I see lots of people who do brush their teeth, but since they don’t actually brush along the gumline, their gums are red and puffy.  So, brush the gums like you are giving them a massage; use little back and forth or circular motions.  Don’t use long scrubbing strokes, it is abrasive!  Then floss and/or use an interdental cleaner of some kind each and every day.  No matter how good a toothbrush is and how good someone brushes, it’s impossible to get in between the teeth clean with just a brush.  Also, change your brush often!  When the bristles begin to flare out or it’s been 3 months, change it, it makes a difference to use a new brush.

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                        If your brush looks like this, throw it out!                

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 A brand new SOFT toothbrush

If you brush really well with a manual toothbrush, you probably won’t see that much of a difference if you were to switch to an electric toothbrush.  The problem is, many people don’t clean their teeth that well with a manual toothbrush so that’s where the electric toothbrush can really help.  We recommend 2 brands of the electric brushes, the Sonicare and the Oral-B Braun.  These are not the battery powered toothbrushes, these brushes plug into the wall and have a rechargeable battery.  They just have so much more brushing action than a manual toothbrush that even if you aren’t that great of a brusher, you can do an excellent job if you use one of these brushes daily.  In a recent study conducted by the National Institute of Health, they stated, “The subject group using the powered toothbrush demonstrated clinical and statistical improvement in overall plaque scores. Powered toothbrushes offer an individual the ability to brush the teeth in a way that is optimal in terms of removing plaque and improving gingival health, conferring good brushing technique on all who use them, irrespective of manual dexterity or training.”(1)  In another study, “the Sonicare DiamondClean toothbrush was found to be safe and significantly superior to a manual toothbrush in reducing gingivitis, sites of gingival bleeding and plaque over time.  DiamondClean reduced gingivitis and gingival bleeding sites up to two times more and removed up to four times more plaque than a manual toothbrush after four weeks of use.”(2)   Sonicare also states that their ‘DiamondClean toothbrush effectively removed extrinsic tooth stain within one and two weeks of use, and it was significantly superior to a manual toothbrush at both one and two week checks.'(3)  On the Oral B website, they state that their Professional Precision 5000 toothbrush has produced these results:  34% less gingival bleeding at 6 months vs. a regular manual toothbrush and 29% lower gingival bleeding scores at 3 months vs. Sonicare® FlexCare (4)

It is still important to use the powered toothbrush 2 times daily for at least 2 minutes and allow the toothbrush to clean along the gumline.  If you have an electric toothbrush but it mostly sits on your counter, that doesn’t count when we ask if you use an electric toothbrush!

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Philips Sonicare DiamondClean

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                                                     Oral-B® Professional Precision 5000

Electric toothbrushes come in many different models and prices.  Take a look at a store like Target or Walgreens, they have lots of choices so you can find one that will fit your budget and taste.  We carry our favorite electric brushes and replacement brush heads in our office as well, and we are happy to answer any questions you might have about toothbrushes.  I like to answer questions about brushes so much that I go to Target and walk up and down the dental isle just so I can give advice to shoppers!!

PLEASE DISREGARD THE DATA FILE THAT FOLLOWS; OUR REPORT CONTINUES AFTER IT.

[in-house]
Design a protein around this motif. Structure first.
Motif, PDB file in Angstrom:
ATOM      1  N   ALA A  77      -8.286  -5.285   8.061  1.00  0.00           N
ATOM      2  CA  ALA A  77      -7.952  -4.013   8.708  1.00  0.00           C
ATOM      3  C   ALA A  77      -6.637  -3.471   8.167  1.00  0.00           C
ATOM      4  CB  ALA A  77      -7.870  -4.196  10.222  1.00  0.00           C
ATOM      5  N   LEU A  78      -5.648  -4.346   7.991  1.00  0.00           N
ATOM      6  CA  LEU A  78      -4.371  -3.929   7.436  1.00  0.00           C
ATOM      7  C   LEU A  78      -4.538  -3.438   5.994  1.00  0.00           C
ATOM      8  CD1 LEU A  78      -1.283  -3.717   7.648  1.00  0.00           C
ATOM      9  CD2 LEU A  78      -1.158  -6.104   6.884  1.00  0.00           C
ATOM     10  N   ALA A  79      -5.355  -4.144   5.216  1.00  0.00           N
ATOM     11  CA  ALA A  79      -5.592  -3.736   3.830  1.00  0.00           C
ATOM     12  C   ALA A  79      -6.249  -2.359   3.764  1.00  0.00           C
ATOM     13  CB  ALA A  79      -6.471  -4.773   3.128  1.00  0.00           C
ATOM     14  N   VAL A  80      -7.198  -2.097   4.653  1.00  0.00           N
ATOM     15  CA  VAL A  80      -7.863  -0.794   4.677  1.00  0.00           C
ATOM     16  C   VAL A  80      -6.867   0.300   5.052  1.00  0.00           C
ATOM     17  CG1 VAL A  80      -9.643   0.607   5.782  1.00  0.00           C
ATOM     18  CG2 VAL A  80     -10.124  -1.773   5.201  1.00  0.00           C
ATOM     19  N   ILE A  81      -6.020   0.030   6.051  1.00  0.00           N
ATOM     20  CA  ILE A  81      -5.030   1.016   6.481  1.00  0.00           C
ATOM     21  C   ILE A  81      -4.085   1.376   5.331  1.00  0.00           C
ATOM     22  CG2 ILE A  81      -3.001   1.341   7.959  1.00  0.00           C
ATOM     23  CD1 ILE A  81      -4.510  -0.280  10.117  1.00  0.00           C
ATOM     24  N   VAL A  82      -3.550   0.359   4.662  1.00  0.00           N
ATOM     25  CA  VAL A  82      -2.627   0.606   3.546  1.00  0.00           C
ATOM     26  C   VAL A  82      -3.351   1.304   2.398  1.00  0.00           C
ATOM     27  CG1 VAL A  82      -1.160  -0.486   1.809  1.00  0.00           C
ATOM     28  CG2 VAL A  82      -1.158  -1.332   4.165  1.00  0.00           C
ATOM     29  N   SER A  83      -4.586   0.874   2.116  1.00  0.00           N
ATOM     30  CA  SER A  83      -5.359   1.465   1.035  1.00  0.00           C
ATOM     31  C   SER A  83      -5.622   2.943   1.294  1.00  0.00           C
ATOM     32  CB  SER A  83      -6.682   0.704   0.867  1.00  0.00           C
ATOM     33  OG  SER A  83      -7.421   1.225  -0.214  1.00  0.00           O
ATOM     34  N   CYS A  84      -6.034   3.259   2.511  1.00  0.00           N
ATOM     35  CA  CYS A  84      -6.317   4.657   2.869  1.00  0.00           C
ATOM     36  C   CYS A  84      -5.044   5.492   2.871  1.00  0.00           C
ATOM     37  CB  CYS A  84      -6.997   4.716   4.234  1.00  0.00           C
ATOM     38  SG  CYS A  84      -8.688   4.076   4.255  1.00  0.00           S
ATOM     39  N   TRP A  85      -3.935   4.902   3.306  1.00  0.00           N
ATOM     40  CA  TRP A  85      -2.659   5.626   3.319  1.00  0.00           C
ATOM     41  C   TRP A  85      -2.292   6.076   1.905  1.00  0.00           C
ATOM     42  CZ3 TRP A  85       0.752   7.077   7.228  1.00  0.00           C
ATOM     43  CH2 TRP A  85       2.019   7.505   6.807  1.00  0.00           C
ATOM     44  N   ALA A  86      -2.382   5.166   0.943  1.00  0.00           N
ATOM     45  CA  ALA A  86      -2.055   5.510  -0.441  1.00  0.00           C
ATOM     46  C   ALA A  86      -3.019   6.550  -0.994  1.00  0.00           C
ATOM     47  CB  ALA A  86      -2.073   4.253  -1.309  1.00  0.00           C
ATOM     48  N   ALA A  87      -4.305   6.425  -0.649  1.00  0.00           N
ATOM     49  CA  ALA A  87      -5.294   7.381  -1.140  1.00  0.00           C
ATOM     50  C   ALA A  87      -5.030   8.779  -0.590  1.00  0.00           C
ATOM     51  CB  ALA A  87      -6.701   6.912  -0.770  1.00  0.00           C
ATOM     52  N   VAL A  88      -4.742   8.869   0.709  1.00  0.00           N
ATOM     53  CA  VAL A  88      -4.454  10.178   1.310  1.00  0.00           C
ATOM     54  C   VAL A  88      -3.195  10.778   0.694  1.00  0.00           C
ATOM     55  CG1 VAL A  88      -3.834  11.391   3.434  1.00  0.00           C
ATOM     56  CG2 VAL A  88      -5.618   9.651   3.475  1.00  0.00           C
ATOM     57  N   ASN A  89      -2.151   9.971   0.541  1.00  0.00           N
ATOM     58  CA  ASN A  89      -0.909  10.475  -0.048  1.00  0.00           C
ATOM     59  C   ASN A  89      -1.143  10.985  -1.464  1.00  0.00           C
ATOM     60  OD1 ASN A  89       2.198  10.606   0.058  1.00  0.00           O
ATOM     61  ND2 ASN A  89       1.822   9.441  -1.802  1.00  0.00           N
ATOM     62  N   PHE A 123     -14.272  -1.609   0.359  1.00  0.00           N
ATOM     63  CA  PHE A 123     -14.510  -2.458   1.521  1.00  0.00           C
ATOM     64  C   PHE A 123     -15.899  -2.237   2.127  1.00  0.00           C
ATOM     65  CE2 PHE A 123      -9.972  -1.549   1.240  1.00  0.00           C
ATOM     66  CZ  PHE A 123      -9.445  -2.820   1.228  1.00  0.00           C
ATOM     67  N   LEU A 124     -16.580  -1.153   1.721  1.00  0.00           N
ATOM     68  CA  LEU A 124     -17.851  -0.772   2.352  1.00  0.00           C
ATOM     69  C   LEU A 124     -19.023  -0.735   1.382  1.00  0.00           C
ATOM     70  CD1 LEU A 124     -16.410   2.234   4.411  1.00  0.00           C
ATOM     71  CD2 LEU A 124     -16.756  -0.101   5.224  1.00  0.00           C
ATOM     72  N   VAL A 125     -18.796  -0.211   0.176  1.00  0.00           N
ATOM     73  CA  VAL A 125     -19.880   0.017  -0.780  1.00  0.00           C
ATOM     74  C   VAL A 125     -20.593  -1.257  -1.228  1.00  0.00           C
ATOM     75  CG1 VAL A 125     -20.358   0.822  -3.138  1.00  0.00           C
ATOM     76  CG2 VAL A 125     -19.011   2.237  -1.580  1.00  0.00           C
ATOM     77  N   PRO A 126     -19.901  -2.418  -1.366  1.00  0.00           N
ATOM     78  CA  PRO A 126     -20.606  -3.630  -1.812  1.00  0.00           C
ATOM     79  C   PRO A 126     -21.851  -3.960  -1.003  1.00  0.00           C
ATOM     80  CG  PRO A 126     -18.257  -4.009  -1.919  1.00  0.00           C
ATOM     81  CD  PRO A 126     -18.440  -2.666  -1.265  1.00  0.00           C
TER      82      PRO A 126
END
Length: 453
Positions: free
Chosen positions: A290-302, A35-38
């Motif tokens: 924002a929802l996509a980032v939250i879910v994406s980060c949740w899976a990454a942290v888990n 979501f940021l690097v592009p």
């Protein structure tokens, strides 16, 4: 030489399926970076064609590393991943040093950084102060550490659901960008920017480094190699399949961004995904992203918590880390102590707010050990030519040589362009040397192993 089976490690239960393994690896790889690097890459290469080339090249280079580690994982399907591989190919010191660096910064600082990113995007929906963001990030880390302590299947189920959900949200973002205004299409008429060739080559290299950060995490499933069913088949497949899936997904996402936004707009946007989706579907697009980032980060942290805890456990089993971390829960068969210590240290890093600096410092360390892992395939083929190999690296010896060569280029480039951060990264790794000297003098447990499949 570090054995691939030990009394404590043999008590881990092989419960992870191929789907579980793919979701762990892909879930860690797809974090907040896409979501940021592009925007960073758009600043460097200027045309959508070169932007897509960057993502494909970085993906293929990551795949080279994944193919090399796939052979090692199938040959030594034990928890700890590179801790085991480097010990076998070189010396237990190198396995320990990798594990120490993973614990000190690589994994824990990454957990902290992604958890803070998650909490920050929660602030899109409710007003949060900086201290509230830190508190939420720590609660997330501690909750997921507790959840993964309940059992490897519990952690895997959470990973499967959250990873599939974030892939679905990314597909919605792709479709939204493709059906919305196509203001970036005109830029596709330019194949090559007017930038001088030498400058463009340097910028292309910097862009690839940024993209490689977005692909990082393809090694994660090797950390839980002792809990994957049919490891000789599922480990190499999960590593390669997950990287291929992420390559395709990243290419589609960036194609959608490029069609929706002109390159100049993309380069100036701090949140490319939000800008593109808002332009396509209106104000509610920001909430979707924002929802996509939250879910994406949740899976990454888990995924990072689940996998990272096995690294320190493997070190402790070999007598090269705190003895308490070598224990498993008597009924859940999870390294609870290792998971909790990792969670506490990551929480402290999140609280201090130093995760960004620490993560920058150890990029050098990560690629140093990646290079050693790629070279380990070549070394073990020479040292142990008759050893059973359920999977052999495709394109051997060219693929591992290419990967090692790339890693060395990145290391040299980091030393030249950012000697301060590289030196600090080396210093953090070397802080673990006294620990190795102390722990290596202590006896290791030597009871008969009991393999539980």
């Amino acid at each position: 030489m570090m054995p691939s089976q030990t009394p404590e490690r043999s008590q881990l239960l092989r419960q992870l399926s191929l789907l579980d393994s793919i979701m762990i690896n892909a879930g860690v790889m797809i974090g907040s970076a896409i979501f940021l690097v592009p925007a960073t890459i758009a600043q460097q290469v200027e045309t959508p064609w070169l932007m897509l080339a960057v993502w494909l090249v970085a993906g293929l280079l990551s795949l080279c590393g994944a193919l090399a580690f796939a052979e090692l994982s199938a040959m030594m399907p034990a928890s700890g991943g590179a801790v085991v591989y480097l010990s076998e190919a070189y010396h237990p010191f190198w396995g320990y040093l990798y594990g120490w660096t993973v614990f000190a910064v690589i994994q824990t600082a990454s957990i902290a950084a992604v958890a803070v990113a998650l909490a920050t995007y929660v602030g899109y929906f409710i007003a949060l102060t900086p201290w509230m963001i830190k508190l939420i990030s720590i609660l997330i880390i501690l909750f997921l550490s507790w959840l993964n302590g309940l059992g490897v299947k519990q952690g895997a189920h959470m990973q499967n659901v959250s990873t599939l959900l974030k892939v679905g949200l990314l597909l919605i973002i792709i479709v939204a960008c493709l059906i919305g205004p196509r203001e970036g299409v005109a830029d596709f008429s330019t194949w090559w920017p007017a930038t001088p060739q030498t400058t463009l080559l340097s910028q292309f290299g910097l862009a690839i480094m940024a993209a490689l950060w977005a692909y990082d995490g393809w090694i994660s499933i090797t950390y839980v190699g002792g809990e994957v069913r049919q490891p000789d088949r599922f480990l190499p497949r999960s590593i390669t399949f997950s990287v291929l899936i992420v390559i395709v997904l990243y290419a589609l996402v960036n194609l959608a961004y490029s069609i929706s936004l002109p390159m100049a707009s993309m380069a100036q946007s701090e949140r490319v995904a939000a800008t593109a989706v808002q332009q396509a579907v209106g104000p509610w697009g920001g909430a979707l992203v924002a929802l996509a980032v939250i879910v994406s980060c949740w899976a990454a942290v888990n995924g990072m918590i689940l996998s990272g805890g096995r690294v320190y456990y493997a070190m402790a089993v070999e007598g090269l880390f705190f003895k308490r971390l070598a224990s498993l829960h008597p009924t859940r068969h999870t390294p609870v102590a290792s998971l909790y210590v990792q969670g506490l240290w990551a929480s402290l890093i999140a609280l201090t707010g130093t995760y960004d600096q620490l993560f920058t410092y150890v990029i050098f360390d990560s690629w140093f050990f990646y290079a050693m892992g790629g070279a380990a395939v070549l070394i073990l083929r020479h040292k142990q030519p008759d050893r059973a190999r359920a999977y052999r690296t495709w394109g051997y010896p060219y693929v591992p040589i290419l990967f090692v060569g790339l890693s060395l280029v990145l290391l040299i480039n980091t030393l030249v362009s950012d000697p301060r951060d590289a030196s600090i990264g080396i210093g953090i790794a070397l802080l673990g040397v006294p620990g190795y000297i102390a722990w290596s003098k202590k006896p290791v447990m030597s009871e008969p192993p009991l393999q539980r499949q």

So, remember what I tell my younger patients:  2 times a day for 2 minutes.  It’s easy to do and easy to remember!

Karen Kelley  R.D.H.

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 Just some fun photos to make you smile!

 

1.  http://222.ncbi.nlm.nih.gov/pubmed/23674927

2.  http://sonicare.com/professional/en_AU/pdf/Gingival_DC_2011_Milleman.pdf

3.  http://staging1.microsites.ce.philips.com/DP_AU_EN_3_3_Orc2/pdf/Stain_DC_2010_Colgan.pdf

4.   http://www.dentalcare.com/en-US/oral-b-crest-professional-products/category/electric-toothbrushes/oralb-5000-professional-trial.aspx

Image Sources

http://www1.macys.com/shop/product/sonicare-hx9332-diamondclean-rechargeable-electric-toothbrush?ID=827710

http://www.webmd.com/oral-health/proper-angle-for-brushing-your-teeth

http://www.impledent.com/patient-services/teeth-dental-cleanings/

http://blog.sciencemuseum.org.uk/talkscience/2011/10/27/wonderful-things-more-than-meets-the-eye/

http://www.oralb.com/products/pro-health-gentle-clean/

http://www.oralb.com/products/professional-care-smart-series-5000/?utm_source=google&utm_medium=cpc&utm_term=%2Boralb%20%2B5000&utm_campaign=Oral-B_Search_Desktop_Brand+Awareness_Power|ProfessionalCare+SmartSeries+5000&utm_content=sGVAVXD2P|dc_21461550775_b_%2Boralb%20%2B5000

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Kids and Dentistry

I have to say that my favorite appointments are the ones with patients who are 18 and younger. No offense to the rest of the adult world, however, kids are the best. They are like little sponges soaking up all the dental knowledge I can share. Being a future parent I want to know all the information I can get to help my children have smooth transition into new experiences. Here are some kid tips for in office and at home to help our children have a great time at the dentist.

Office Tips:

When should my child first come to the dentist?

According to the American Academy of Pediatric Dentistry (AAPD) children should come no later than 12 months of age. That may sound early to most people. However, this helps create a dental home for the child. We can also answer questions that the parents may have. Your dentist and hygienist will give advice on snacking habits, teach oral hygiene tips and make sure your child’s teeth are coming in on schedule.

The first visit is called a “Happy Visit”, we show them the instruments and the dentist checks their teeth. Cleanings are dependent on the temperament of the child. Whatever they are comfortable with. We want a happy, calm visit.